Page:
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Tucson City Council joins I-11 opposition

Advocates say new Interstate would ease traffic
Posted at 5:01 PM, Jun 19, 2019
and last updated 2019-06-20 13:10:45-04

TUCSON, Ariz. - It's a plan for a major new interstate that would move more truck traffic -- right through a sensitive desert area where residents are lining up against the plan.

Now the Tucson City Council says it wants to stop I-11 too.

Most of Avra Valley is a quiet, natural desert area. But the Arizona Department of Transportation is considering running a new interstate--I-11 through Avra Valley in an effort to move more traffic, especially commercial truck traffic.

Diane Call is a member of the Avra Valley Coalition but we met her on the edge of I-10 which she sees as exactly what she does not want near her home.

"Well it's ludicrous because we already have this (a major freeway). And the reason why myself, my partner and a lot of other people moved out there is so that we could live in a place that was free of one, the noise, the traffic, the pollution, all of that--a rural lifestyle."

Wednesday afternoon ADOT released which you can read in full at the bottom of this story. It basically says ADOT and Federal transportation officials are giving equal consideration to building, or not building the project and there is much more study and collection of public input to be accomplished.

Business organizations say I-11 would help the economy boom by being a faster, less congested connection for commercial cargoes to move from Mexico, across the West and even to Canada.

But opponents like the Tucson City Council see a different economic angle, the idea that I-11 would let loads of drivers ---and their business---bypass Tucson, its businesses and it's re-awakened downtown.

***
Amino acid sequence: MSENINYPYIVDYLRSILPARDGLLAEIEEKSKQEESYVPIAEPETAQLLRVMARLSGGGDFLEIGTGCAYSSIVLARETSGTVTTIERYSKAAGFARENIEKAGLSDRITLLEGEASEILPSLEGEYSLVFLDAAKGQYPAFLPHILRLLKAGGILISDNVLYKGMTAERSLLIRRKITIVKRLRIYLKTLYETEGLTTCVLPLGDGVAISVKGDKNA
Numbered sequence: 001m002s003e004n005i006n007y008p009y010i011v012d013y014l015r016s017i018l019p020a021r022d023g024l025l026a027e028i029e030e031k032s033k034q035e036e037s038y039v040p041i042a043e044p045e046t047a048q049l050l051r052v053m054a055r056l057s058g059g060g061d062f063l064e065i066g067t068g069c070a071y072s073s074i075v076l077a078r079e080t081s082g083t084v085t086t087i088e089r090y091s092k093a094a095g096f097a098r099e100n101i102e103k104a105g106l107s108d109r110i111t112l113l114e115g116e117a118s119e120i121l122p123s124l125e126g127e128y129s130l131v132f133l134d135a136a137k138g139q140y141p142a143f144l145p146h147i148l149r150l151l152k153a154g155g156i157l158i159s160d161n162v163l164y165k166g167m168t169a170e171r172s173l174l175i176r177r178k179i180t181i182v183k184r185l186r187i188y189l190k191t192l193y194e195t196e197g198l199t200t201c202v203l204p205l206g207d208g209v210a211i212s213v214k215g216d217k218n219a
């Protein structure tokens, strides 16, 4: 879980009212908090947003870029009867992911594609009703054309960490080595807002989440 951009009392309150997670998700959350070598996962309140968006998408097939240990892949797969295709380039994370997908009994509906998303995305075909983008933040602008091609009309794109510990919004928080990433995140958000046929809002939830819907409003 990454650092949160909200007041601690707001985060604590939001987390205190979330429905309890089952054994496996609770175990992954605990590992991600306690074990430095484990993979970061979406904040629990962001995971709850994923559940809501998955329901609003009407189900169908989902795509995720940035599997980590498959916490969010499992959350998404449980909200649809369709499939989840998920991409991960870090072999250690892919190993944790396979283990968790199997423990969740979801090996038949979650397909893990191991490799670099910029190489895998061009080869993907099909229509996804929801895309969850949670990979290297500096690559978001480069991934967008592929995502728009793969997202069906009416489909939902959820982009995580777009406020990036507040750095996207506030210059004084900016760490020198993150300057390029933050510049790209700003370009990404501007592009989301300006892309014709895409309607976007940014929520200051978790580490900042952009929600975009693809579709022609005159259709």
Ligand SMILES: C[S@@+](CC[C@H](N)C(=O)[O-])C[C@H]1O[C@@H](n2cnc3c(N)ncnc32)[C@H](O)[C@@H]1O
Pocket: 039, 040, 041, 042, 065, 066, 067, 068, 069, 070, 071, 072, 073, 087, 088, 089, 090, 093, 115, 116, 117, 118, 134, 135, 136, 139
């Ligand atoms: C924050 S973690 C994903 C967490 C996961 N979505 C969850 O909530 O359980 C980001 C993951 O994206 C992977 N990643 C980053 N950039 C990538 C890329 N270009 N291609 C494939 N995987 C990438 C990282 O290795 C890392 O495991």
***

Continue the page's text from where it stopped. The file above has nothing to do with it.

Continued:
Ward 6 Councilmember Steve Kozachik says, "We don't need to ruin the environment west of the Tucson mountains in order to number one, increase capacity and number two keep the economic benefits in the city of Tucson."

Kozachik says if you need to move more traffic why not expand I-10--an Interstate that already exists.

Carolyn Campbell of the Coalition for Sonoran Desert Protection says the proposed route for I-11 has to draw a fine line to avoid sensitive lands.

"There wasn't much of a choice for them if they wanted to put a bypass to avoid federal and county parks. So now they're taking out homes. They're going across city of Tucson, water supply lands, etc, etc.”

And she says there's still plenty of potential for the effect of the freeway to spill out onto the lands it runs through.

ADOT is collecting public comment on the I-11 plan until July 8. You can add your comments at this link.


The Arizona Department of Transportation and the Federal Highway Administration are equally evaluating the Build and No-Build Alternatives as part of the Draft Tier 1 Environmental Impact Statement for the proposed Interstate 11. This robust study process must carefully follow National Environmental Policy Act requirements, which includes a comment period and process for the Draft EIS.

As a Tier 1 Environmental Impact Statement, I-11 is a concept far from construction. No funding has been identified or proposed to move to Tier 2 studies on any segments of the corridor. Those Tier 2 studies would identify specific alignments for a roadway, within a selected build-corridor alternative. This type of long-range planning -- helping to determine what, if any, transportation solutions are needed to meet future demand -- is necessary to assess next steps in the future to support mobility and assess possible impacts.

The Draft Tier 1 Environmental Impact Statement will be refined based on the public, local government, federal resource agencies and tribal comments received. All questions and comments received during the 90-day comment period will be addressed in the Final Tier 1 Environmental Impact Statement. We hope to hear from as many people as possible before the July 8 comment deadline. More information on how to comment is located at